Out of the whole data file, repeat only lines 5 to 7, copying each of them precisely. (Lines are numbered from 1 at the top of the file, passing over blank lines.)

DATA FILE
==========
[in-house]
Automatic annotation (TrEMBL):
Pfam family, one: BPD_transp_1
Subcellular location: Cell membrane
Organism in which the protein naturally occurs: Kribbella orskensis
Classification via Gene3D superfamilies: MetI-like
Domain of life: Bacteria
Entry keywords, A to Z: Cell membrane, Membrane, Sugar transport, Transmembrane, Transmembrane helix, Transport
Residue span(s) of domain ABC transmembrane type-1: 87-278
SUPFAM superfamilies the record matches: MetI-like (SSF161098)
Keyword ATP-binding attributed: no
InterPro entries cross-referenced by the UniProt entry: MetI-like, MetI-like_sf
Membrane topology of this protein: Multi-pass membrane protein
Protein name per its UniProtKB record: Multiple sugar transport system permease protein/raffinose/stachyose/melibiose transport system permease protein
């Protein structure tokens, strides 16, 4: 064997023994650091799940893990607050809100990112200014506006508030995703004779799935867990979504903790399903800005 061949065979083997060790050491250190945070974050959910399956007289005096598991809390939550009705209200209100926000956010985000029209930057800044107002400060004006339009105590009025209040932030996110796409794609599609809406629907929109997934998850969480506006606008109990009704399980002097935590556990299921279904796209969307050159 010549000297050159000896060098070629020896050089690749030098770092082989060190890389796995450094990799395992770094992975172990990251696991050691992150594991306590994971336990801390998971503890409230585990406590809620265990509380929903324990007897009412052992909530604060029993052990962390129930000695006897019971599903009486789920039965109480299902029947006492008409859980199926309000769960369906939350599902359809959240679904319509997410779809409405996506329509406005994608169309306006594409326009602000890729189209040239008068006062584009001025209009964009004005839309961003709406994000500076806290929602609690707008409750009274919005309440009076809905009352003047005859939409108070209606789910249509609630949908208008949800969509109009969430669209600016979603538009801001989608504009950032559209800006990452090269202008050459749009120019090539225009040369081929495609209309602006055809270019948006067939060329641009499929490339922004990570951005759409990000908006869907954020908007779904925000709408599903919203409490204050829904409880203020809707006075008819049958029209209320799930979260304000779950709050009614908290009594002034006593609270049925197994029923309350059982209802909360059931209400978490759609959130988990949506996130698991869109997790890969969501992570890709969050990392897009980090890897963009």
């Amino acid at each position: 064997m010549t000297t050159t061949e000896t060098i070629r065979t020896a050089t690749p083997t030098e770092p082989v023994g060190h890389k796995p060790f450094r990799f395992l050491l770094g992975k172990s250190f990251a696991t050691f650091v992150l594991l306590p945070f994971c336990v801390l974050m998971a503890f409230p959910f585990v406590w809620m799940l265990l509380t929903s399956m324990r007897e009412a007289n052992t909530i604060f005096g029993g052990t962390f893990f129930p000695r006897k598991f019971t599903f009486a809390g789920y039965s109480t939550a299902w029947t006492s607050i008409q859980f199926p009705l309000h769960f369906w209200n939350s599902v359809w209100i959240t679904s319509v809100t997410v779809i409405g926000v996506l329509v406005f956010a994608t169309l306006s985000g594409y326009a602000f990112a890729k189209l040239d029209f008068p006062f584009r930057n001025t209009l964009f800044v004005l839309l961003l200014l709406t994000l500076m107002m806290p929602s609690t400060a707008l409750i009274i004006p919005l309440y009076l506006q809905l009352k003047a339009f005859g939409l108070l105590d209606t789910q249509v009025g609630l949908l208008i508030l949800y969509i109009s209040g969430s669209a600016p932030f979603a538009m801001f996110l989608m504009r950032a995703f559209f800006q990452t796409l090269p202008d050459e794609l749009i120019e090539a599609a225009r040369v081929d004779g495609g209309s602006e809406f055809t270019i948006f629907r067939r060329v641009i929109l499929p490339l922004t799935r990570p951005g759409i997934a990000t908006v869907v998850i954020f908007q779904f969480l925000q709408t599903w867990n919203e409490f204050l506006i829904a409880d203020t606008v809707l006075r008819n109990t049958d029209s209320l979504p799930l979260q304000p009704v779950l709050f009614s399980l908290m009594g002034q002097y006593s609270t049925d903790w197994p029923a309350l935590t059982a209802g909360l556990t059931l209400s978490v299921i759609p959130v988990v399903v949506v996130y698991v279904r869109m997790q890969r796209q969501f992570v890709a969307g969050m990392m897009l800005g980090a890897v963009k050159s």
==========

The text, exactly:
Organism in which the protein naturally occurs: Kribbella orskensis
Classification via Gene3D superfamilies: MetI-like
Domain of life: Bacteria